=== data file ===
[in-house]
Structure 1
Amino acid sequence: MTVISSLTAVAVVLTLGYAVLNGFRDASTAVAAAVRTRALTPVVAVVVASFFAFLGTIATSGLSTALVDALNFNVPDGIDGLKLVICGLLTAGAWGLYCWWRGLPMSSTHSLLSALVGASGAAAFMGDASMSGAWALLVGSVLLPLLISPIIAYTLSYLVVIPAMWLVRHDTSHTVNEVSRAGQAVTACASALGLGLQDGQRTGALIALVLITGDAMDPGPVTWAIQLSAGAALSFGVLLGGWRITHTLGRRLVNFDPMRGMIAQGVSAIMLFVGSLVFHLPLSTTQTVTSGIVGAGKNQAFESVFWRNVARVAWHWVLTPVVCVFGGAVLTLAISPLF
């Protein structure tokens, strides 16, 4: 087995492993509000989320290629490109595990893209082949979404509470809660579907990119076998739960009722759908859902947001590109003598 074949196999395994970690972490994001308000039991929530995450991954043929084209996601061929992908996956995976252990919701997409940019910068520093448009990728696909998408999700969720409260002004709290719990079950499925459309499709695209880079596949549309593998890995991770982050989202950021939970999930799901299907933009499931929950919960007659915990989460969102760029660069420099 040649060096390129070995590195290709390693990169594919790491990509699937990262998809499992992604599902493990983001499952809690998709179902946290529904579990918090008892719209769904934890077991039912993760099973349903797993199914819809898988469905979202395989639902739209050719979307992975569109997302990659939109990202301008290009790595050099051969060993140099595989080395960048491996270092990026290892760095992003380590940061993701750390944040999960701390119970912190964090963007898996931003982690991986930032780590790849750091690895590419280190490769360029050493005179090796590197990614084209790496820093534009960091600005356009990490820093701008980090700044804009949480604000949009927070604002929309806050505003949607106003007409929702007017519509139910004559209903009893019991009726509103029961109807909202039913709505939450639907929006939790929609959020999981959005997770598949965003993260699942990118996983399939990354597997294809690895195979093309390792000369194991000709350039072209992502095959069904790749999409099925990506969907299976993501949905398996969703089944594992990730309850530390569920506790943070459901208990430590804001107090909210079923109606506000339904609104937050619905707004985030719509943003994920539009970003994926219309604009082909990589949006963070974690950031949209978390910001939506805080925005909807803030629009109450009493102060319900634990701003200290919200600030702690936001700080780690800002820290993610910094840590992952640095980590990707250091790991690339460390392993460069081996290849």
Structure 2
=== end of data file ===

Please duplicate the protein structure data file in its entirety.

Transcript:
[in-house]
Structure 1
Amino acid sequence: MTVISSLTAVAVVLTLGYAVLNGFRDASTAVAAAVRTRALTPVVAVVVASFFAFLGTIATSGLSTALVDALNFNVPDGIDGLKLVICGLLTAGAWGLYCWWRGLPMSSTHSLLSALVGASGAAAFMGDASMSGAWALLVGSVLLPLLISPIIAYTLSYLVVIPAMWLVRHDTSHTVNEVSRAGQAVTACASALGLGLQDGQRTGALIALVLITGDAMDPGPVTWAIQLSAGAALSFGVLLGGWRITHTLGRRLVNFDPMRGMIAQGVSAIMLFVGSLVFHLPLSTTQTVTSGIVGAGKNQAFESVFWRNVARVAWHWVLTPVVCVFGGAVLTLAISPLF
């Protein structure tokens, strides 16, 4: 087995492993509000989320290629490109595990893209082949979404509470809660579907990119076998739960009722759908859902947001590109003598 074949196999395994970690972490994001308000039991929530995450991954043929084209996601061929992908996956995976252990919701997409940019910068520093448009990728696909998408999700969720409260002004709290719990079950499925459309499709695209880079596949549309593998890995991770982050989202950021939970999930799901299907933009499931929950919960007659915990989460969102760029660069420099 040649060096390129070995590195290709390693990169594919790491990509699937990262998809499992992604599902493990983001499952809690998709179902946290529904579990918090008892719209769904934890077991039912993760099973349903797993199914819809898988469905979202395989639902739209050719979307992975569109997302990659939109990202301008290009790595050099051969060993140099595989080395960048491996270092990026290892760095992003380590940061993701750390944040999960701390119970912190964090963007898996931003982690991986930032780590790849750091690895590419280190490769360029050493005179090796590197990614084209790496820093534009960091600005356009990490820093701008980090700044804009949480604000949009927070604002929309806050505003949607106003007409929702007017519509139910004559209903009893019991009726509103029961109807909202039913709505939450639907929006939790929609959020999981959005997770598949965003993260699942990118996983399939990354597997294809690895195979093309390792000369194991000709350039072209992502095959069904790749999409099925990506969907299976993501949905398996969703089944594992990730309850530390569920506790943070459901208990430590804001107090909210079923109606506000339904609104937050619905707004985030719509943003994920539009970003994926219309604009082909990589949006963070974690950031949209978390910001939506805080925005909807803030629009109450009493102060319900634990701003200290919200600030702690936001700080780690800002820290993610910094840590992952640095980590990707250091790991690339460390392993460069081996290849």
Structure 2